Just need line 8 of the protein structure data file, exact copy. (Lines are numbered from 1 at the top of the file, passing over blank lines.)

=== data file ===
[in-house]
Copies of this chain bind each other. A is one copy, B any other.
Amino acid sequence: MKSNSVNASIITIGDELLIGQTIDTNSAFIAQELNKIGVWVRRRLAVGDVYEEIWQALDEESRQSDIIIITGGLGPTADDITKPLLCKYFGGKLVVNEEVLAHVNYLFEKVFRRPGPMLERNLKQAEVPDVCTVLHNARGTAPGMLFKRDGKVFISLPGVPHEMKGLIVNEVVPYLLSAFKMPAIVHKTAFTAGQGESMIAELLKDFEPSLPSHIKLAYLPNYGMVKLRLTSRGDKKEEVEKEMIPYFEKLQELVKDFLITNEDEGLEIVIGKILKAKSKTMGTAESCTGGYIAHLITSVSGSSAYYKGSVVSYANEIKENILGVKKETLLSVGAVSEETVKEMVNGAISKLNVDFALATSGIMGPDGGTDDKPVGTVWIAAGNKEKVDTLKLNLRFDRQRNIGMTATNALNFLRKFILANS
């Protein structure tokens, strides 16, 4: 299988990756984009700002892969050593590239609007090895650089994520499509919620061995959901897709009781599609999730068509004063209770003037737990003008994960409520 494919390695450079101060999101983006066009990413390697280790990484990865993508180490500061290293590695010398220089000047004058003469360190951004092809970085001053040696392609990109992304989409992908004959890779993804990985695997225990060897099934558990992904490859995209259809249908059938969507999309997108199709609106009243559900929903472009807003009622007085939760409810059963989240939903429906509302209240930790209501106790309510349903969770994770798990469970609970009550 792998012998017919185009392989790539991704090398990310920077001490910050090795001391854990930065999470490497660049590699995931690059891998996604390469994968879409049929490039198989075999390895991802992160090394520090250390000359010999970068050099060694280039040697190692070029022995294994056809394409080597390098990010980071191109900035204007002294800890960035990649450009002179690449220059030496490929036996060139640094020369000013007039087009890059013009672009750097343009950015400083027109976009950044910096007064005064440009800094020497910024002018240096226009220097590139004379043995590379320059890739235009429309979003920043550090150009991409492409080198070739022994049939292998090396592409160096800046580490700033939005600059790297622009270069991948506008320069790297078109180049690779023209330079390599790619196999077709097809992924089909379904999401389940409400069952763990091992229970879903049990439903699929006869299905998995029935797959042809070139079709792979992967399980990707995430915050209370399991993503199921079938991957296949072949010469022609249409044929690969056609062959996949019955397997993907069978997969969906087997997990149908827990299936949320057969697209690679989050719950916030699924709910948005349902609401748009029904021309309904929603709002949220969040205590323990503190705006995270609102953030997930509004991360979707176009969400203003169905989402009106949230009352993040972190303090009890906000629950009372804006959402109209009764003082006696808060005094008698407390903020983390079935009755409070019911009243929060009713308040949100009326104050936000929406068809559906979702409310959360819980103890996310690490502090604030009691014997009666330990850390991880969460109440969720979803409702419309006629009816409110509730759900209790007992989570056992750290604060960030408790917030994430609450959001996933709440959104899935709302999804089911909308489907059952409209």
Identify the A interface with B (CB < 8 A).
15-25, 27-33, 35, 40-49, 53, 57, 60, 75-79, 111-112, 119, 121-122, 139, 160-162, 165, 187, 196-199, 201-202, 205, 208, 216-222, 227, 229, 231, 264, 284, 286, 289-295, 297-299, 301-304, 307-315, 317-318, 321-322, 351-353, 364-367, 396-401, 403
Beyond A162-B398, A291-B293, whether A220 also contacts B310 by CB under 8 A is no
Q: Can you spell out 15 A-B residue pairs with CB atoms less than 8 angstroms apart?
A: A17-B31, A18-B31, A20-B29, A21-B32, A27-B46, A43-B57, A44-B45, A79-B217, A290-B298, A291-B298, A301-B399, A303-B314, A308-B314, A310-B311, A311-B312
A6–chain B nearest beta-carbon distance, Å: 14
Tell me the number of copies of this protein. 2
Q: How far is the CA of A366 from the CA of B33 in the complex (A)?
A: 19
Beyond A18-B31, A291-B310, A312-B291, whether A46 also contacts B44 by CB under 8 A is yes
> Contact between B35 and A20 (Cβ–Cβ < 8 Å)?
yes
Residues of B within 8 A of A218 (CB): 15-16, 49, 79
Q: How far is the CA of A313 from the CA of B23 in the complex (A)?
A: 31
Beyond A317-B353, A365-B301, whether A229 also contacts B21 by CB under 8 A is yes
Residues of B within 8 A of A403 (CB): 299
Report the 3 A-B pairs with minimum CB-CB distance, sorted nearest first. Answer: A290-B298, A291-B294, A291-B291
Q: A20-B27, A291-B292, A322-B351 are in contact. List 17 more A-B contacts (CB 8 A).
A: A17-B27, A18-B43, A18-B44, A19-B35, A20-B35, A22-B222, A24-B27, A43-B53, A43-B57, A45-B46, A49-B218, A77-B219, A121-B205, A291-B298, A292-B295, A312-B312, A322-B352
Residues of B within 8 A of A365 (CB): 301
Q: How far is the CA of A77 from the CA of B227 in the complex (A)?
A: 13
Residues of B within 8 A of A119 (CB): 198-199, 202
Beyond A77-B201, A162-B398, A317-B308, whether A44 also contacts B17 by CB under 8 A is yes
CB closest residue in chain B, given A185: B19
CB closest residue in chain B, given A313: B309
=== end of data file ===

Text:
Q: Can you spell out 15 A-B residue pairs with CB atoms less than 8 angstroms apart?